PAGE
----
Baseball couldn't cut it without its lists and records. Augie Galan holds the pioneer spot on two of the more eclectic baseball lists. He is the first in the National League to switch-hit home runs in the same game, and the first major-leaguer to go an entire season without hitting into a double play. Although -- but more about that later.
More to the point, Galan was a key player on two Cub pennant-winners, and performed well despite an injury-prone nature.
August John Galan was born in Berkeley, California, May 25, 1912, and was raised in the Bay area. His propensity for hurting himself at play manifested itself early indeed; at age eleven he broke his right elbow playing sandlot ball. Displaying a trait well noted in ballplayers of all ages, he concealed the injury from his parents, fearful of being barred from further play. The arm was never set, healed improperly, and was never fully healthy throughout Galan's professional career.
Following the usual left coast path to stardom, Galan started in the Texas League and graduated to the San Francisco Seals of the Pacific Coast League in 1932. In 1933 he was PCL Most Valuable Player, and in 1934 was purchased by the Cubs. He started as utility infielder, and in his first full season, 1935, switched to center field.
In the pennant-winning year of 1935, Galan hit .314, collecting 203 hits and leading the league in runs and stolen bases. He played the full 154-game schedule, 646 at-bats, without hitting into a double play, the first season of its kind. But, and Galan cheerfully acknowledged it whenever the subject arose, he did line into a triple play April 21 against the Reds at Wrigley Field. In the eleventh inning, no less.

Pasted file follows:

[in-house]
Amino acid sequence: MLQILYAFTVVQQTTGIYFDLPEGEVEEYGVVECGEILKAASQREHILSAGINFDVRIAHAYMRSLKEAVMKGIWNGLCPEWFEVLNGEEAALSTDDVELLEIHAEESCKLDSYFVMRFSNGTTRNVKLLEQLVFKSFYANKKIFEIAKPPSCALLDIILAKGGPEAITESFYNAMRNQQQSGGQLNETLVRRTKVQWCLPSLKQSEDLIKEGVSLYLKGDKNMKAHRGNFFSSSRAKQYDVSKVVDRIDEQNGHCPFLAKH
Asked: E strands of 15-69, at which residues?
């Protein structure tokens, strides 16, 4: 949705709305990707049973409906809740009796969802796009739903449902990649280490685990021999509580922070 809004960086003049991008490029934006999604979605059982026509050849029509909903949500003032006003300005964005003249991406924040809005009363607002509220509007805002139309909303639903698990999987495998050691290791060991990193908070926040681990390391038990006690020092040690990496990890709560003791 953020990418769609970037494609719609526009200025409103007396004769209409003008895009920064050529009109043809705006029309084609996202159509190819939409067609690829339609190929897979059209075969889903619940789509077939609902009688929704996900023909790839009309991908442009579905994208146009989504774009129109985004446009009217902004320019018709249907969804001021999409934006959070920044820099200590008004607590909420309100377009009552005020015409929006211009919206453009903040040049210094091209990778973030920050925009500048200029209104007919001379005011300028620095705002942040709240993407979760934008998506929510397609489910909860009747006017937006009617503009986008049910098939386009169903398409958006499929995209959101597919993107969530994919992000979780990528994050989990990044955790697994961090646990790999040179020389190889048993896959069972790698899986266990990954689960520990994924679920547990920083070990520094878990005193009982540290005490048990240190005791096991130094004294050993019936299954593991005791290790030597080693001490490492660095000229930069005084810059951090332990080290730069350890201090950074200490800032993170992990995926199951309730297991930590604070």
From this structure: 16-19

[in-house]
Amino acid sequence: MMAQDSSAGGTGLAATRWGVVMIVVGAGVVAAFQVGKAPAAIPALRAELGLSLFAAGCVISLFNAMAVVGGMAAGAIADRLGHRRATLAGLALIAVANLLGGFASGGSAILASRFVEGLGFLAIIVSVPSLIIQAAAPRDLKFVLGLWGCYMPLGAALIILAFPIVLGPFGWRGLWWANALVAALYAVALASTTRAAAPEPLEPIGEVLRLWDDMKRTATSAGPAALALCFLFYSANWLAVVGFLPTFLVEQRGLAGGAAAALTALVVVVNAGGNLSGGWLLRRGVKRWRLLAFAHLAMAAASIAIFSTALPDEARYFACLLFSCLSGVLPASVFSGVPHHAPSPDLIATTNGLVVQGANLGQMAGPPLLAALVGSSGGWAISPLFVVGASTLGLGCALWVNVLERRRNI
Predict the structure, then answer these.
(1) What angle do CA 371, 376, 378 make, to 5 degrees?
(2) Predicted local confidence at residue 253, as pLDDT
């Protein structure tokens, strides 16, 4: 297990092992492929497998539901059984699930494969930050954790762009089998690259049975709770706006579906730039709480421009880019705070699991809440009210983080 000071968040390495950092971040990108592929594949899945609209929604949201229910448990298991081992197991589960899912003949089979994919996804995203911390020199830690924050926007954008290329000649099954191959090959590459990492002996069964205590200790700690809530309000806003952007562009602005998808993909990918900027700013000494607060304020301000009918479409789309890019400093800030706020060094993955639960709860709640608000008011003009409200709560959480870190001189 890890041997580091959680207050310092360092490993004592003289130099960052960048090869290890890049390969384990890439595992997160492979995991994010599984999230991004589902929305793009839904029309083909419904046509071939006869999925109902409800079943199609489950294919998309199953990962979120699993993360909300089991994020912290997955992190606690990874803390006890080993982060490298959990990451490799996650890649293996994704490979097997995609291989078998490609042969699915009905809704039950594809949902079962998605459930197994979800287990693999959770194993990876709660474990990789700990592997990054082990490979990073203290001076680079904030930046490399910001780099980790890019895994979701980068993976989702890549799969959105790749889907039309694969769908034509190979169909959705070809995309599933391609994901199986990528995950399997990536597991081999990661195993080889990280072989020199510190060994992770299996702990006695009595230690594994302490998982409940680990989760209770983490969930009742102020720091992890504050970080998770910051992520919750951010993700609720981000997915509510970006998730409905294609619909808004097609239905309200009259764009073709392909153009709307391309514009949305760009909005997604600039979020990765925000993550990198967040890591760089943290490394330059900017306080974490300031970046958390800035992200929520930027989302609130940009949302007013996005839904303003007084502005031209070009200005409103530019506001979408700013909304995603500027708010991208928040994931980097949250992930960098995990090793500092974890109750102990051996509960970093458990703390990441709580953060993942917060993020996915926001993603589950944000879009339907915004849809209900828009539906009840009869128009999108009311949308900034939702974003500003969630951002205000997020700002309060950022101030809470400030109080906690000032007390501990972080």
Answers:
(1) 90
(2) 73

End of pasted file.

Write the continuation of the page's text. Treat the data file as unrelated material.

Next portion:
Galan was an All-Star in 1936, and hit the first All-Star home run by a Cub, a disputed drive that struck the foul pole at Braves Field just at fence top. On June 25, 1937, he performed a feat much anticipated but never seen in the National League. In an 11-2 win over the Dodgers at Wrigley, Galan homered from the left side against Freddie Fitzsimmons in the fourth inning; and from the right side off Ralph Birkofer in the eighth inning.
Galan held his distinctions uniquely for some time. Only two other players (Dick McAuliffe, Detroit AL, 1968; and Craig Biggio, Houston NL, 1997) have played 150 or more games in a season without hitting into a double play. Neither did so in as many at-bats as Galan. He was the only NL player to switch-hit homers in a game until 1948. Recent research unearthed a switch-homer game by Wally Schang of the Philadelphia Athletics (AL), in 1912, so Galan's long-held title as the first switch-homer man of all time must now be amended.
In 1940 a broken knee sustained in a crash into the outfield wall at Shibe Park convinced the Cubs that Galan was through. He was allowed to make his own deal, and in 1941 signed with the Brooklyn Dodgers. He put together two .300 seasons during wartime ball. Cumulative wear and tear on his damaged arm forced him to give up batting from the right side after 1943.
Galan was traded to the Reds in 1947, posting his final .300 average. His last major-league season was 1949. In sixteen seasons, he batted .287 with 1,706 hits and 100 home runs.
Galan died in Fairfield, California, December 28, 1993.